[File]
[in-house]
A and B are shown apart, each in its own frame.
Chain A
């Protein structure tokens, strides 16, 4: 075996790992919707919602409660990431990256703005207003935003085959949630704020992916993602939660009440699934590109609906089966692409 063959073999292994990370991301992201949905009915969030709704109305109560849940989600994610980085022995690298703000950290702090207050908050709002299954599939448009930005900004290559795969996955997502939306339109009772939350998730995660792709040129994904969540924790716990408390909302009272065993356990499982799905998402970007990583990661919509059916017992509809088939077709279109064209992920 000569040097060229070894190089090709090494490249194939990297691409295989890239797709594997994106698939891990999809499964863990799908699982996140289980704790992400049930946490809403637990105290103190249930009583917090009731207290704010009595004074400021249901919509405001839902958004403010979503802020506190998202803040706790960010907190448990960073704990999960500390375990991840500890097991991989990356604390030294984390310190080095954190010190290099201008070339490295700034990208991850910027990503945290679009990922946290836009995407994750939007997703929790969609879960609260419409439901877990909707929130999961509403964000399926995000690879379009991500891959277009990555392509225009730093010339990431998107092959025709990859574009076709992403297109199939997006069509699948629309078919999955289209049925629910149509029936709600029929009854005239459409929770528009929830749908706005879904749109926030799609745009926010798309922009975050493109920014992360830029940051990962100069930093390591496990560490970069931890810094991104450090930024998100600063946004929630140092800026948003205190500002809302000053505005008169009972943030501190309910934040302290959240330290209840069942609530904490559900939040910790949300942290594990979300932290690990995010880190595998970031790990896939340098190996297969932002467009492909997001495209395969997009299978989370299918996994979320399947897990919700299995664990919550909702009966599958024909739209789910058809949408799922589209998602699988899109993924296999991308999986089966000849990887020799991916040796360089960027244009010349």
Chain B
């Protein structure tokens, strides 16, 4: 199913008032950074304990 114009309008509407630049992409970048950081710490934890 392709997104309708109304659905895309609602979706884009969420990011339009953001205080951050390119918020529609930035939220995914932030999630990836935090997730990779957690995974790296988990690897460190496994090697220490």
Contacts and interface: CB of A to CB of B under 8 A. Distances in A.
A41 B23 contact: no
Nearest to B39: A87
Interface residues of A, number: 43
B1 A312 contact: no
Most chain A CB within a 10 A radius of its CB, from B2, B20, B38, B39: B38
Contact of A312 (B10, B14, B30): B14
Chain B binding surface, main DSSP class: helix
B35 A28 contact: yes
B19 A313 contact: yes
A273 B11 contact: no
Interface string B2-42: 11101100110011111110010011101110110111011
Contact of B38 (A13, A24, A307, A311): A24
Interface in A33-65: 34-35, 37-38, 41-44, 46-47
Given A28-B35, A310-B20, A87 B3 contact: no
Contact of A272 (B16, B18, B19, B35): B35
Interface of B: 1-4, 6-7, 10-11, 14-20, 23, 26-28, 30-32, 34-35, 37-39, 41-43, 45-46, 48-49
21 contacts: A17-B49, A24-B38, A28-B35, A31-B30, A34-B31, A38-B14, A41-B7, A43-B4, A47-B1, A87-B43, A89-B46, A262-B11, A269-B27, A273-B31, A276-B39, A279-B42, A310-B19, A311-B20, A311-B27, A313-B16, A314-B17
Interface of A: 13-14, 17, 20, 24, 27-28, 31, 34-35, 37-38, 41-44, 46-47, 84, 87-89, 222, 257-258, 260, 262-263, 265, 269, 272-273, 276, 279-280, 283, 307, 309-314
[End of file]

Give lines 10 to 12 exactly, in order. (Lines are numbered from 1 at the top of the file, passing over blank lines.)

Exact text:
Interface residues of A, number: 43
B1 A312 contact: no
Most chain A CB within a 10 A radius of its CB, from B2, B20, B38, B39: B38